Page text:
When the WAYK team was last in Tanana, in late October 2014, the Yukon River was just about to freeze solid. During our return trip this spring, in mid-April, the entire village was waiting for the ice to break up. Both life and language revolve around the river in Tanana!
During our fall visit, the team ran a five-day introductory workshop for the village’s core language team and local speakers. Our return visit this spring was designed to move beyond a basic introductory workshop, and focus on how to work as a small group, meeting with speakers, finding and practicing the language you want, sharing that language with other local learners, and making those conversations into lessons that can be shared. In addition to the three Denaakk’e (Koyukon Athabaskan) speakers who currently live in Tanana year-round, the village invited four other fluent speakers, two from nearby Hughes, and two others who used to live in Tanana but who now live in the Fairbanks area, to participate for the week.
During our visits with elders we were able to develop some simple lessons leading up to a basic introduction, and we also had a chance to share some of the materials that we developed around the coffee conversations with the Denaakk’e learners in Fairbanks in the previous weeks. However, possibly the most satisfying outcome of the week was the time that the speakers got to spend with one another, remembering stories, songs, and words in Denaakk’e. A few speakers had earlier expressed apprehension about being able to help, since they no longer have the chance to speak the language with any great frequency. One was troubled that he couldn’t remember the word for “moon.” But with the help of the reinforcements from the region, even words that initially escaped the whole group were remembered within a matter of minutes. As much as the learners were eager to spend the whole week hunting for language and recording stories and teachings, it was equally important to give the speakers time to reconnect and reminisce.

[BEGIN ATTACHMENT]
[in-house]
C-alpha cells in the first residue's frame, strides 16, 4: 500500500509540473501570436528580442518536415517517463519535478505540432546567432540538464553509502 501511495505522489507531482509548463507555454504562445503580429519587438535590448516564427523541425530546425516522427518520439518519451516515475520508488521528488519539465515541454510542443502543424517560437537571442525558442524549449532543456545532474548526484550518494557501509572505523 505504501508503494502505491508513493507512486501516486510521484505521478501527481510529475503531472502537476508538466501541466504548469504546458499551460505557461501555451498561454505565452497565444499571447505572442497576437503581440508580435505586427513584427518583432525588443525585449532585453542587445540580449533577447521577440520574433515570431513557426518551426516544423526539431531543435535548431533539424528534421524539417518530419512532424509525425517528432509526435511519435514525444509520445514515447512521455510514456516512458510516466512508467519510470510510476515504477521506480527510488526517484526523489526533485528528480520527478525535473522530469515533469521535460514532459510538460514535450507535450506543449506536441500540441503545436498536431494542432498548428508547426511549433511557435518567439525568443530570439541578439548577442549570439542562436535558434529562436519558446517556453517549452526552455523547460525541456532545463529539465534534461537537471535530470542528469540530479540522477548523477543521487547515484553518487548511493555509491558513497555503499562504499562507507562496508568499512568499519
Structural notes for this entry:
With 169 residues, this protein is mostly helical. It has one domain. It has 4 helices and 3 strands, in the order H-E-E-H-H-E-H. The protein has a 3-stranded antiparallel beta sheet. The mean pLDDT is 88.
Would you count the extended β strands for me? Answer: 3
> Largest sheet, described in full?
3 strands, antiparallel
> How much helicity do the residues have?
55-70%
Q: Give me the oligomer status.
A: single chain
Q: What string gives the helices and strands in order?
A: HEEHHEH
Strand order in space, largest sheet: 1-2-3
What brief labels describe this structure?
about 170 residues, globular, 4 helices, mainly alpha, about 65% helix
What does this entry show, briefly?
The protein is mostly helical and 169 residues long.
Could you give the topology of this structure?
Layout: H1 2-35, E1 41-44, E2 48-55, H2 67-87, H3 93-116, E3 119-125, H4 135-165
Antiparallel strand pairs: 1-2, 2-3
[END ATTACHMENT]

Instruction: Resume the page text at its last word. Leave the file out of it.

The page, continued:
Our thanks to Shannon Erhart and the Tanana Tribal Council for organizing and hosting an event where speakers had a chance to visit with one another, and learners had a chance to refresh and expand their language hunting skills. Extra thanks to all of the fluent speakers, especially those who hosted visits, welcomed us into their kitchens, and served up delicious moose and goose to sustain the language sessions.
Be sure to check out our events page to see where WAYK is traveling next!